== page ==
One peculiar clause exists, which is the “manner customary at a port”. This phrase has existed through the history of Incoterms rules. Its meaning has probably been obscured over time and needs a little thought here. It tends to imply that the port operations for a particular type of goods are standardized for a port for all berths, which might have been true in the inception years of the Incoterms but is not necessarily true today.  

The clause implies that special handling requirements must be agreed with the port before being utilized. It also implies that the choice of port may be based on what is customary at a port and what drives that “customary” definition be it equipment, specialized facilities, or even vessel restrictionsfor the port. Think a little deeper about “what is customary” before you just choose a port if you have multiple choices of port, or particular berths within the port, available for the movement and have them agreed before the trade.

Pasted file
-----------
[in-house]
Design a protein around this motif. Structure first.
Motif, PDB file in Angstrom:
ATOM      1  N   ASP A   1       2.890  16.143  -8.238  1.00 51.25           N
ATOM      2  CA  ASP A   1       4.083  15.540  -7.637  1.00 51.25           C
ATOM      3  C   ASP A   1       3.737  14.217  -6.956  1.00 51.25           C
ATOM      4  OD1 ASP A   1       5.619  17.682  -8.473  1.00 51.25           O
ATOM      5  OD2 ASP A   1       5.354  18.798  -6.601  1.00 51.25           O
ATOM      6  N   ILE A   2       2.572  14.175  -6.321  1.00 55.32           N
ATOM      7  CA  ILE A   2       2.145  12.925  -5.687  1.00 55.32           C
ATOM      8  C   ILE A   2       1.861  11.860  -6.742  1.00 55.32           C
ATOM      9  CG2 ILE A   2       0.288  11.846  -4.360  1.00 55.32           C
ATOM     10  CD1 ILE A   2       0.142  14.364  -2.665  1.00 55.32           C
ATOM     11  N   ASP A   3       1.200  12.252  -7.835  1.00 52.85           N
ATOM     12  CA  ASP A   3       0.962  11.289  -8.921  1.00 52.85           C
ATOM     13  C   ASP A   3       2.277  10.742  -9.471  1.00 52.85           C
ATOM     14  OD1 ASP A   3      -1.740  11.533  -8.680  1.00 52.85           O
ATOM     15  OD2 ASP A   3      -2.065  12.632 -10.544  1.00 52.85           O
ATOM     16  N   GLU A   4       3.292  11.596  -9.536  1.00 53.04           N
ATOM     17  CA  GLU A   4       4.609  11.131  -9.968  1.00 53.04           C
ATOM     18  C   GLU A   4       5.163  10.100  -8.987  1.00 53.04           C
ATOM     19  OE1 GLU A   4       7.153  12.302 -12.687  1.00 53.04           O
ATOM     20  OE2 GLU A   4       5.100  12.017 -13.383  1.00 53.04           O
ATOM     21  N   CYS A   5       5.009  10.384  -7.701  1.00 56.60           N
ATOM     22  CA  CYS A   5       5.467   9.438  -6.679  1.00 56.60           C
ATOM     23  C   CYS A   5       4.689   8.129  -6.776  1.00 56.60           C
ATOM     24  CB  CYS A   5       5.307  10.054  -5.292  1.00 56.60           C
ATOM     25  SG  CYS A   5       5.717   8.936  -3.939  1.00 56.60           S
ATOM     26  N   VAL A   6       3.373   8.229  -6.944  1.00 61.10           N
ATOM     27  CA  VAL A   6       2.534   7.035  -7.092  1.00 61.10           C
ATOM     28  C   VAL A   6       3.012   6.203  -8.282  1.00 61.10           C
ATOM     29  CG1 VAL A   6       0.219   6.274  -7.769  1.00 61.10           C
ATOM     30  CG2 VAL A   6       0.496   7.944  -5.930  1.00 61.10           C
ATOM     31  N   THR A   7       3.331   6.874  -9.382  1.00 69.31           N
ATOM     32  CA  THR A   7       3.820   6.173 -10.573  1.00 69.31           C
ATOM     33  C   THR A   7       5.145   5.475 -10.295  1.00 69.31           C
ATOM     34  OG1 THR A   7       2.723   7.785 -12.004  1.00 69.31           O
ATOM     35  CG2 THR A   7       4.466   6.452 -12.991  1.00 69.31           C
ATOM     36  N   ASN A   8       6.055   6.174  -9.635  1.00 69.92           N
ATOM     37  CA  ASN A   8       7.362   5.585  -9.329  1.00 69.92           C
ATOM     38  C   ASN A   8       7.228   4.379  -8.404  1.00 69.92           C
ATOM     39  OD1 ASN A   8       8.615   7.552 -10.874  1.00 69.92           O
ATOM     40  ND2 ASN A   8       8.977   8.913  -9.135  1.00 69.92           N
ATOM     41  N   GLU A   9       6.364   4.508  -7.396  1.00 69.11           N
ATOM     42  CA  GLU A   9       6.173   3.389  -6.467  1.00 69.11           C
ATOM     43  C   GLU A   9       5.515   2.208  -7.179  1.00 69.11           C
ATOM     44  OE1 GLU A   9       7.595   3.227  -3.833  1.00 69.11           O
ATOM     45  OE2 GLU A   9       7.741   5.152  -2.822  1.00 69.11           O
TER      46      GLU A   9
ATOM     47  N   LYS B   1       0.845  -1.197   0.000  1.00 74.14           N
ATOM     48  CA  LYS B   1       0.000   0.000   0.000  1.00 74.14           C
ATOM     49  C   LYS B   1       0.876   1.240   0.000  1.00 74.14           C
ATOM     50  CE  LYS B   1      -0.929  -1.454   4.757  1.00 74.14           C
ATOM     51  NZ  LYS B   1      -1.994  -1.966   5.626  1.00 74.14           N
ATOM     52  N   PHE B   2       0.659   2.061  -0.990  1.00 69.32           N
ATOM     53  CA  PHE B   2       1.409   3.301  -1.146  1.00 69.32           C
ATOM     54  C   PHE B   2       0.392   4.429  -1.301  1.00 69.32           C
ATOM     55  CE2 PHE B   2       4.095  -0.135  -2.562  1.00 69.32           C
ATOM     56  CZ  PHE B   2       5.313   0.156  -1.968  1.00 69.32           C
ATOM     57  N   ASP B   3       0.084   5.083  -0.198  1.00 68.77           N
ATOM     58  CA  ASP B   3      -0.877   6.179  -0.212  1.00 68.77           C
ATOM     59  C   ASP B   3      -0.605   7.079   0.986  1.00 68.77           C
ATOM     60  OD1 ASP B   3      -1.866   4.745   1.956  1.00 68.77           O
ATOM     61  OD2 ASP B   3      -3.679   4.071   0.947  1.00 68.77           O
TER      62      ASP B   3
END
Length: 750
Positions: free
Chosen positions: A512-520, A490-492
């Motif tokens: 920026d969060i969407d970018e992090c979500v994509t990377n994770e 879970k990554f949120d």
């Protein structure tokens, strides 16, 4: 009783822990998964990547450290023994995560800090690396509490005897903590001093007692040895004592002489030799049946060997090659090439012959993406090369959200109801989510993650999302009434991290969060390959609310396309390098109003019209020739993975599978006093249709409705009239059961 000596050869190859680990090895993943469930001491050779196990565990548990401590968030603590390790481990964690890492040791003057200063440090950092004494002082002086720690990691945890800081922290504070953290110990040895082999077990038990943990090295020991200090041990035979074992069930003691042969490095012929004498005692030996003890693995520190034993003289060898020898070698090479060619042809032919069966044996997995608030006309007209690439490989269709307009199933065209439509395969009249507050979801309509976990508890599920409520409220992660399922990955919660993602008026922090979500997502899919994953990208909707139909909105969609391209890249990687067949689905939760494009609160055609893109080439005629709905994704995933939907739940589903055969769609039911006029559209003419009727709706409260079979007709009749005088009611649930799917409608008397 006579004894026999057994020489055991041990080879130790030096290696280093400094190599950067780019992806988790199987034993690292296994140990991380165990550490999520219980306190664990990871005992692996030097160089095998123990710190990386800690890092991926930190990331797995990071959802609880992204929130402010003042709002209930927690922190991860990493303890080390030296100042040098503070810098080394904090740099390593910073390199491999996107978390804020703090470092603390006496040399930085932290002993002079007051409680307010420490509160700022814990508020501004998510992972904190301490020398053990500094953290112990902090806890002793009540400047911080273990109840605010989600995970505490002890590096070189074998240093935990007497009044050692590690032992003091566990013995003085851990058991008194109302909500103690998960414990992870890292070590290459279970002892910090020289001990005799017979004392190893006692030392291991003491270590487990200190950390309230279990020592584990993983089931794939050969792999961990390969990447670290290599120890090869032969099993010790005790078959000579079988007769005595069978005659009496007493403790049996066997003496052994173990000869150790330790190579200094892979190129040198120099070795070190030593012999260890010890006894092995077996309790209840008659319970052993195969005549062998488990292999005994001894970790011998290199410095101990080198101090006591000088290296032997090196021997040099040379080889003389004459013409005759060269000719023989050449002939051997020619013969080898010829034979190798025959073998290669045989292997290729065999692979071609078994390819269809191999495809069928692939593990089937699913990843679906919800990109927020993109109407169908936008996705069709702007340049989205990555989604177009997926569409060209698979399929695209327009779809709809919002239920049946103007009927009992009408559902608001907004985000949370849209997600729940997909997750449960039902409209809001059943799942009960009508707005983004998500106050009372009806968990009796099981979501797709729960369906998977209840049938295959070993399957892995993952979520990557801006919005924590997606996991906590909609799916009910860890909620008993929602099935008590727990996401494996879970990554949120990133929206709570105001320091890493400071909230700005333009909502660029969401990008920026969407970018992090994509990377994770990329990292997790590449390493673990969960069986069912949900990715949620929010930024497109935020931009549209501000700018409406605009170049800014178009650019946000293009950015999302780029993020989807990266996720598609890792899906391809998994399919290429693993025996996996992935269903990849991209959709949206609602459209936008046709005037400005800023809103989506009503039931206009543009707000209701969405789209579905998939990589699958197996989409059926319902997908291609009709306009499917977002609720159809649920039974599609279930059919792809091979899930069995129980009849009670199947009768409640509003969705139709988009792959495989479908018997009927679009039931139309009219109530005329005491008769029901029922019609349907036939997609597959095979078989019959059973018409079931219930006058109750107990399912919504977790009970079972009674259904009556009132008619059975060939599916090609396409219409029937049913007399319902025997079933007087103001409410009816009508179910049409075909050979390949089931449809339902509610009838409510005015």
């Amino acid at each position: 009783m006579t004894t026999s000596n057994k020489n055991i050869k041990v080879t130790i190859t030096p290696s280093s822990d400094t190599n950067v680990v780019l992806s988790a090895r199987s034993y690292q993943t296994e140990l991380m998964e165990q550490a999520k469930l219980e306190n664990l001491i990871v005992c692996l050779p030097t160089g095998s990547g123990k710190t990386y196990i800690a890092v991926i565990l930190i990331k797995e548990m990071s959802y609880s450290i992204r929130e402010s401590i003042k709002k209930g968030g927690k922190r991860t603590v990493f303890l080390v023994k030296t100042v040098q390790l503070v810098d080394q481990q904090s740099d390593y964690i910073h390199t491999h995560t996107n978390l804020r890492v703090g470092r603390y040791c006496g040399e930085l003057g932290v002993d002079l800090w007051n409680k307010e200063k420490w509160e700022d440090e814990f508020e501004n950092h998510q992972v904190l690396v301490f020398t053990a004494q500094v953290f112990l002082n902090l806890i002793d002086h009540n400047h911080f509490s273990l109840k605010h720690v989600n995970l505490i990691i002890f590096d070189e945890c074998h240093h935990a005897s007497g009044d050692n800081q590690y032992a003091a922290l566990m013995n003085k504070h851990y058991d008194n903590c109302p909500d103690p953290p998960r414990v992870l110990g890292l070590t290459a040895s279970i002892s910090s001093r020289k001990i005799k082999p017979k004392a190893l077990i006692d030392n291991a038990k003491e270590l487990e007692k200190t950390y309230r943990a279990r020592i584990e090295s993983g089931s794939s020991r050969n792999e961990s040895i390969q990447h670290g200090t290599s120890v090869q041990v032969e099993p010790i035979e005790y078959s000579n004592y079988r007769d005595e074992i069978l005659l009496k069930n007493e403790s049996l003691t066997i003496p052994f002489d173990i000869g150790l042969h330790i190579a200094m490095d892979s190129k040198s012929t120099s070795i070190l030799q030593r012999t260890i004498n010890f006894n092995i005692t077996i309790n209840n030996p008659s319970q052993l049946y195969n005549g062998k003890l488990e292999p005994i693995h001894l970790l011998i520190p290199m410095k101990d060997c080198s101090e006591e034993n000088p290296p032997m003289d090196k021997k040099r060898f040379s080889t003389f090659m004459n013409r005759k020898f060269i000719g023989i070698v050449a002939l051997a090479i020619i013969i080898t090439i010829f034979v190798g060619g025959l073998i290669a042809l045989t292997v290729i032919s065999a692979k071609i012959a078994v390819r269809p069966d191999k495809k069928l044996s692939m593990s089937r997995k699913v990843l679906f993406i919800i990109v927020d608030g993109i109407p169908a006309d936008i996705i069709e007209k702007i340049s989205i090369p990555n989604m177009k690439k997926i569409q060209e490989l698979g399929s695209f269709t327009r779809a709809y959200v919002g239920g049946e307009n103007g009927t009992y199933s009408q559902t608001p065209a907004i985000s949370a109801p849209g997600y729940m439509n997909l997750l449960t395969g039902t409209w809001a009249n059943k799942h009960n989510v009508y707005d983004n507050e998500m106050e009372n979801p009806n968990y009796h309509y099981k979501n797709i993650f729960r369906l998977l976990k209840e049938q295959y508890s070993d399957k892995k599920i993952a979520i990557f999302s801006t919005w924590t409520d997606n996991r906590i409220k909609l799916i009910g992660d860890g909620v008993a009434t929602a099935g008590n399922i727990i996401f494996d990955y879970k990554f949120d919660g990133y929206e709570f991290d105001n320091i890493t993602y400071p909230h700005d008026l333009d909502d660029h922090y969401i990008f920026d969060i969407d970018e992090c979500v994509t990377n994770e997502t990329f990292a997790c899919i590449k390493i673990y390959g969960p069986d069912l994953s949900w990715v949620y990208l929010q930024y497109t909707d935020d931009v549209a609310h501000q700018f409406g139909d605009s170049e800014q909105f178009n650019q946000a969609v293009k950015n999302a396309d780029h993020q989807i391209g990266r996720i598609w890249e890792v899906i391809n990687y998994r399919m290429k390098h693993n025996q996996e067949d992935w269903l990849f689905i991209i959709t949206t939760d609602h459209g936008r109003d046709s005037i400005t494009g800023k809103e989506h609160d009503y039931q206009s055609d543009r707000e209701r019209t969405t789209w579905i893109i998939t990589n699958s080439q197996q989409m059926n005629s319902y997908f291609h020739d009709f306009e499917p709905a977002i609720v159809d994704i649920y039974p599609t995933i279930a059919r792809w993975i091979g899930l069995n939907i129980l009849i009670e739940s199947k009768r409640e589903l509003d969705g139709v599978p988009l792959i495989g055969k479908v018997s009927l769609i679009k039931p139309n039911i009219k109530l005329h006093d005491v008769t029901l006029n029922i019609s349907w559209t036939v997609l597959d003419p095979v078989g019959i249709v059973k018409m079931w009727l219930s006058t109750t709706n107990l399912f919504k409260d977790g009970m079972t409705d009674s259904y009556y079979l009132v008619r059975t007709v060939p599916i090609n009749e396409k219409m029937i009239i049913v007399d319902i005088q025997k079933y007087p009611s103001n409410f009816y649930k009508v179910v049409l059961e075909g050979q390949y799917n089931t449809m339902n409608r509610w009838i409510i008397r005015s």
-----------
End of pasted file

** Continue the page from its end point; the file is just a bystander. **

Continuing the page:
More modern developments have added another complexity to these rules. Today, goods can be traded while on the ship, such as happens in the commodity sector where items can be traded on the Commodity Exchanges multiple times before delivery. These rules allow for the seller to deliver the goods to the ship, or alternatively purchase goods that are already on the ship to fulfill the contract with the buyer. The problem with using these rules with the purchase of the goods on the ship, is that the trade occurs within the jurisdiction of the seller’s country, and it may attract sales or value added tax. This will be a topic for more in-depth review in future articles as this trading holds for other rules as well, where it is financially more valuable.